And when removing old screening material, do it outside or with good ventilation because it contains asbestos fibers that can be harmful if inhaled. When installing new screening material, make sure all cut edges are sealed using duct tape (the best choice) and leave no holes larger than 1/4 inch around fasteners like screws or nails.
4) Keep Ladders Away From Windows
One of the top holiday hazards, according to two U.S. Fire Administration reports, is a person falling off a ladder and into a Christmas tree or other objects in his home. To prevent falls, keep ladders on flat surfaces that won’t cause them to tip over—it may seem obvious, but many people use ladders as steps or tables without realizing how dangerous they can be.
Make sure your ladder has rubber feet so it doesn’t slip, and avoid leaning it against anything that could cause it to fall. Also, make sure your ladder isn’t too tall for your ceiling: An extension ladder should never exceed more than four times its height when fully extended.
5) Unplug Devices That Could Burn
Unplug and don’t use any devices that have a heating element—this includes space heaters, hair dryers, and electric blankets. If you leave any of these plugged in while they’re not in use, they could overheat and cause a fire.
Check cords for damage or fraying regularly. It’s also important to keep your pets away from lit candles and other sources of an open flame. Don’t forget about Christmas trees! They need water daily, so make sure they stay fresh by keeping them well-watered throughout December.
And never put a tree up before December 1st; it can still be too early in some areas. Plus, waiting gives you more time to decorate! Make sure there are no strings on or around your tree, as even small pieces of tinsel can hurt animals who like to chew.
Finally, consider putting an extension cord under a rug and running it through an unused doorway into another room if there isn’t enough wall socket space near where you want to set up decorations.
6) Talk To Kids (And Adults!) About Fire Safety
The holidays are often characterized by festive candles and open flames. If you’re hosting a party, talk to your guests about fire safety and make sure they don’t leave candles burning unattended. Make sure young children know not to touch any lit candles.
Before you light a candle, read up on how much heat is produced by different types of candles, how long they take to burn down, and other ways of staying safe while enjoying candlelight. It can be easy to forget that a lit candle is still very hot after it has been extinguished.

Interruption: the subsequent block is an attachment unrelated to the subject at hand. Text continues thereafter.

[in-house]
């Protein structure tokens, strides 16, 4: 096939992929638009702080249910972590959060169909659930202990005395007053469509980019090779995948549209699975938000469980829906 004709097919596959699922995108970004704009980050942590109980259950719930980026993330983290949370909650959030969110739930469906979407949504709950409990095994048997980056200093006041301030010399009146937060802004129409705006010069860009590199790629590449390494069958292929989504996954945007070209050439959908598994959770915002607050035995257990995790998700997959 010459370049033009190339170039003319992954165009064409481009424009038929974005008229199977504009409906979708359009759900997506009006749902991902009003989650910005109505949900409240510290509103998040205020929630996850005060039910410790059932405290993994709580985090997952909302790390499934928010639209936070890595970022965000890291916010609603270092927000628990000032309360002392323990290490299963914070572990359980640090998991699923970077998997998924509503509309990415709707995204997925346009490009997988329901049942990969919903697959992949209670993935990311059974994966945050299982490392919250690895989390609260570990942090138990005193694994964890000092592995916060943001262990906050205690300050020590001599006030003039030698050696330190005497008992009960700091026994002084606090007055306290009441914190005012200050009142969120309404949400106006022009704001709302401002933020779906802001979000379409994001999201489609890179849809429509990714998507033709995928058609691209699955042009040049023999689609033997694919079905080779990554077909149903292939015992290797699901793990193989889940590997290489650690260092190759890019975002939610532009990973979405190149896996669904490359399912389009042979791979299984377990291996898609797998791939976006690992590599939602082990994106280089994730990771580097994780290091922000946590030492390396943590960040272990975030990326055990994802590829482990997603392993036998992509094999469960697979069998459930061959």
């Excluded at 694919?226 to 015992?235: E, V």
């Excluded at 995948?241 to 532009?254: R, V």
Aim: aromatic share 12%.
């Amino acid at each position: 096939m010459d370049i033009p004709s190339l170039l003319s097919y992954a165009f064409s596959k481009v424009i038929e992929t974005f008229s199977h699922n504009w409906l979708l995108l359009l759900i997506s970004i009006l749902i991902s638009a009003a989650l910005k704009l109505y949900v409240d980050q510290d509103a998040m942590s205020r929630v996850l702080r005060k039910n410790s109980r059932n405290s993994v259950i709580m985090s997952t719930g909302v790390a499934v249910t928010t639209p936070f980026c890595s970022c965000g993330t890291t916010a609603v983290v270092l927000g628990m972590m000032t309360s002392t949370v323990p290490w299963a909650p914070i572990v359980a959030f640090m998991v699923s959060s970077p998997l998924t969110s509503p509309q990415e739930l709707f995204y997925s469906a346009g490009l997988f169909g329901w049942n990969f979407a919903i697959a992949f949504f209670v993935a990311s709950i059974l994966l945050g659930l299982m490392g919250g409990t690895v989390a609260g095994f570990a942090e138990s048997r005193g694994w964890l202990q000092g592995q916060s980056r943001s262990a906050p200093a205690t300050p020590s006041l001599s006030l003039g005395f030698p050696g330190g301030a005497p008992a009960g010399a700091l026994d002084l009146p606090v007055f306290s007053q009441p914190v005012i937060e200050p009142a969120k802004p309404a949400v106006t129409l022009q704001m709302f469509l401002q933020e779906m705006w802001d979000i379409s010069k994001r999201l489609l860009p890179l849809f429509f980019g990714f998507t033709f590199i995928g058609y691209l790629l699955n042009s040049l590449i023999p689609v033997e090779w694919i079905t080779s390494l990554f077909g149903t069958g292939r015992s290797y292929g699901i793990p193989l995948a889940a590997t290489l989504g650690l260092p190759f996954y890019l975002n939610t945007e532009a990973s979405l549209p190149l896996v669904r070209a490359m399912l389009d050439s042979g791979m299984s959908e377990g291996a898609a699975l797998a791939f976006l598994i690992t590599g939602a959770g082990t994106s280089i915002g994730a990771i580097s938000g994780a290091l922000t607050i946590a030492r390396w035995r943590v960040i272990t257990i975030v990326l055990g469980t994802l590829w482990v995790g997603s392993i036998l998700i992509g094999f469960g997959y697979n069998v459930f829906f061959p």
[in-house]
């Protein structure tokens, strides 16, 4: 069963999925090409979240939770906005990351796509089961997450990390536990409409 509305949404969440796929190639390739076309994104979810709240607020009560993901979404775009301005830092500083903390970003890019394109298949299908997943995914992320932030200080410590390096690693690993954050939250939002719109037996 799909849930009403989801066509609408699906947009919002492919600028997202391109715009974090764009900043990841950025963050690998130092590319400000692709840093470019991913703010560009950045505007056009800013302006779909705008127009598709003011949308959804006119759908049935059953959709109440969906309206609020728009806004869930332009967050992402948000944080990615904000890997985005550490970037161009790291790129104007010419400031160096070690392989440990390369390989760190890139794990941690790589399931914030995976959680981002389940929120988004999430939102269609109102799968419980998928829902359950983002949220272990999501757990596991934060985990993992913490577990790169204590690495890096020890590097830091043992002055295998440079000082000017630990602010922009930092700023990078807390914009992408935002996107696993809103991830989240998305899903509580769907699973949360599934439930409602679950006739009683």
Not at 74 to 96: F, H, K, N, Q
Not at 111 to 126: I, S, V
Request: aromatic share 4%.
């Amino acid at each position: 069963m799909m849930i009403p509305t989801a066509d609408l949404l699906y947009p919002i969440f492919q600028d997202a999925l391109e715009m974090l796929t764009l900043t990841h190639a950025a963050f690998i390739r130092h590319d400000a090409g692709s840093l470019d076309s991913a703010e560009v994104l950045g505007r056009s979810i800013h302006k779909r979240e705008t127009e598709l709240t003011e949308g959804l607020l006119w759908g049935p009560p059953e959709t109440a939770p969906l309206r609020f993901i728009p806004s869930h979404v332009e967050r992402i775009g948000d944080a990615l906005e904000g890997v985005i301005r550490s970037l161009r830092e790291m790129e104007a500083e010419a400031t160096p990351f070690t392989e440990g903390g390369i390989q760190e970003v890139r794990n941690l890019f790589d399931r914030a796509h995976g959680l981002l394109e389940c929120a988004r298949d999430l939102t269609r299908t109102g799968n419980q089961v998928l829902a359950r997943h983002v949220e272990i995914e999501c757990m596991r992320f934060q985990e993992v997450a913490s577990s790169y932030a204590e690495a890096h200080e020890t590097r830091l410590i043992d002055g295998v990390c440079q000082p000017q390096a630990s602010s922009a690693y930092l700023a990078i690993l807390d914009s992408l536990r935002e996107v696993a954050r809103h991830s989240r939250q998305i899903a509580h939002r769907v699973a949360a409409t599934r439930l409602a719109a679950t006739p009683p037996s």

Avoid holiday tree fires: You may have heard that Christmas trees can cause house fires—it’s true! Between 2005 and 2009, there were an average of 2,100 home fires each year caused by Christmas trees.
7) Play It Safe With Candles
Many pets love chasing after a scented candle’s flame, so it’s important to keep your candles up and out of reach. Also, never leave candles unattended—this can be dangerous for your pet and you! When bringing candles into your home, read all packaging labels carefully.
Never leave burning candles alone with pets or children. And finally, put them out before leaving them unattended for any period of time. A lit candle is a fire hazard even when left in an upright position, so please make sure that you extinguish all candles when they are not in use.
Remember: You are responsible for keeping your family safe around fire. If you ever have questions about using candles safely around kids or pets, contact your local fire department immediately.
8) Use Battery Operated Lights
If you’re looking for a safer alternative to candles, opt for battery-operated flameless lights. They not only provide you with a safe option but they also add ambiance and flair to your holiday decorating.
And since there are so many different styles of these lights available, you can easily find ones that match your décor perfectly. The best part is that they never run out of batteries so you don’t have to worry about having extra cash on hand just in case something goes wrong.
They can be found at most major retailers and online stores, making them easy to purchase in bulk if needed.